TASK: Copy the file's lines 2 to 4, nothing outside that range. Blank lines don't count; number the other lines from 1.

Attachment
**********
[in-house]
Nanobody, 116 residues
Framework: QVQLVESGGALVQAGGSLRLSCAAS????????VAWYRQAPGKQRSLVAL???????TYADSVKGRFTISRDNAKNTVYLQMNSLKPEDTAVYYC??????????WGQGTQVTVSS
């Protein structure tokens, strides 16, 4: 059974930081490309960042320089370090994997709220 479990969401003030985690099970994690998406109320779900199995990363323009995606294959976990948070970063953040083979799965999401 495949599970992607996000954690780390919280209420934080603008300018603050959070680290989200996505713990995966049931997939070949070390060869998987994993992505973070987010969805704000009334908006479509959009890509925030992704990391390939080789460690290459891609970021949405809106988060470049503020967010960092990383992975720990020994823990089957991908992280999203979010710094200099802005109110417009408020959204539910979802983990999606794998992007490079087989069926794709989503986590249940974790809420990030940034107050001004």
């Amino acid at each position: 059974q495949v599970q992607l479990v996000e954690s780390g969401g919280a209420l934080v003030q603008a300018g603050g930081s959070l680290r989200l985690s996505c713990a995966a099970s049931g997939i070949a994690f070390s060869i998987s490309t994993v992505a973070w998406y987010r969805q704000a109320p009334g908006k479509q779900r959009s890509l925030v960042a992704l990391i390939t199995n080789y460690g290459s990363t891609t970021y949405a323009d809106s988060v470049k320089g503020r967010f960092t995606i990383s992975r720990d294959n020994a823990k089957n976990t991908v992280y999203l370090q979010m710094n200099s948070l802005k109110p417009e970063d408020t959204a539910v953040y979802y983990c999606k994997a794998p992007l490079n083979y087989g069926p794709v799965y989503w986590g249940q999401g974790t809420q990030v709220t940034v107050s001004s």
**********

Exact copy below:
Nanobody, 116 residues
Framework: QVQLVESGGALVQAGGSLRLSCAAS????????VAWYRQAPGKQRSLVAL???????TYADSVKGRFTISRDNAKNTVYLQMNSLKPEDTAVYYC??????????WGQGTQVTVSS
């Protein structure tokens, strides 16, 4: 059974930081490309960042320089370090994997709220 479990969401003030985690099970994690998406109320779900199995990363323009995606294959976990948070970063953040083979799965999401 495949599970992607996000954690780390919280209420934080603008300018603050959070680290989200996505713990995966049931997939070949070390060869998987994993992505973070987010969805704000009334908006479509959009890509925030992704990391390939080789460690290459891609970021949405809106988060470049503020967010960092990383992975720990020994823990089957991908992280999203979010710094200099802005109110417009408020959204539910979802983990999606794998992007490079087989069926794709989503986590249940974790809420990030940034107050001004």